Best Bets: A handicapping history of the Breeders' Cup, Part I [Breeders' Cup]

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This article appeared in the November 2010 issue of Louisville Magazine. To subscribe, please visit loumag.com.

Phil Lynch was having a bad day at the track. Through the first five races of the 2004 Breeders’ Cup championships at Lone Star Park, in Grand Prairie, Texas, Lynch hadn’t picked a winner, hadn’t cashed a ticket. But suddenly he flashed to a famous Seinfeld episode in which the George Costanza character is lamenting his failed life:

“It’s not working, Jerry,” Costanza tells Seinfeld. “Every decision I’ve ever made in my entire life has been wrong. My life is the complete opposite of what I want it to be. Every instinct in every aspect of my life — what to wear, what to eat — has been wrong.”

Lynch felt the same way. “Nothing I did was right. Everything I did was wrong. It was a George Costanza moment.”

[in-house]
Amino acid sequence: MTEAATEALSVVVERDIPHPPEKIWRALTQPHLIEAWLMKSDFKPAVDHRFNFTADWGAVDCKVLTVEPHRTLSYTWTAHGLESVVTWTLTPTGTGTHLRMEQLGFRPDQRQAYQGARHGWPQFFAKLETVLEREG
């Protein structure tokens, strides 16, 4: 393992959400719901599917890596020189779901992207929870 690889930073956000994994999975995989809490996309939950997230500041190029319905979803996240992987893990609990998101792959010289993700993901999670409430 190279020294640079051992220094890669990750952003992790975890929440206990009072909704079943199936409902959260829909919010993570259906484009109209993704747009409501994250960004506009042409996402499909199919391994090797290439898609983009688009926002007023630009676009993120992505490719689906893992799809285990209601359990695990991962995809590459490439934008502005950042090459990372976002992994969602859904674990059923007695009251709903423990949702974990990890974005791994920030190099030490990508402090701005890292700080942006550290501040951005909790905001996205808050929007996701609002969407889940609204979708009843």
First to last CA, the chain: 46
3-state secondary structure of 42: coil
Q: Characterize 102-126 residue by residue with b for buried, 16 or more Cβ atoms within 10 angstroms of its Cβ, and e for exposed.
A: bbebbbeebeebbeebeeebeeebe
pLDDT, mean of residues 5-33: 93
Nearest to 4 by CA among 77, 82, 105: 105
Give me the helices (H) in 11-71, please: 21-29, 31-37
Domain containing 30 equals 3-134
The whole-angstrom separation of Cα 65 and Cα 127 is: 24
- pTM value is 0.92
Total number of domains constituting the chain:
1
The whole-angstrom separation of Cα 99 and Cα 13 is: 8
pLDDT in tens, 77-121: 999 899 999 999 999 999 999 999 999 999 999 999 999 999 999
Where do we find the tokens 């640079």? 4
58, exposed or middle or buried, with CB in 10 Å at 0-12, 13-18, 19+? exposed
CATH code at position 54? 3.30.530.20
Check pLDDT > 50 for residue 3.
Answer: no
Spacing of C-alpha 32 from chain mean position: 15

But in the show, Seinfeld suggests to Costanza, “If every instinct you’ve had is wrong, then the opposite must be right.”

“Yes” says George, latching on to the notion. “I will do the opposite.”

And so did Lynch. The Louisville racing fan dove back into his program and resurrected all the horses he’d previously crossed out, while tossing aside the ones he’d picked, and walked to the window to bet an exact opposite pick-3 on the day’s final three Breeders’ Cup races. The opposite of everything he thought was right. A George Costanza Special.

Right away, George  — I mean Phil’s — luck changed. First, an unheralded English pony named Wilko rolled home in the Breeders’ Cup Juvenile at 28-1. Then Better Talk Now, a horse who always ran in big races but never won, did win the Turf at 27-1. And finally, Ghostzapper, a lukewarm 5-2 favorite that Lynch hadn’t been all that sold on, cruised to victory in the Classic.

From nothing to the opposite of nothing! Says Lynch, “I ended up cashing a pick-3 that paid over $4,000.”

Photo: Courtesy Breeders' Cup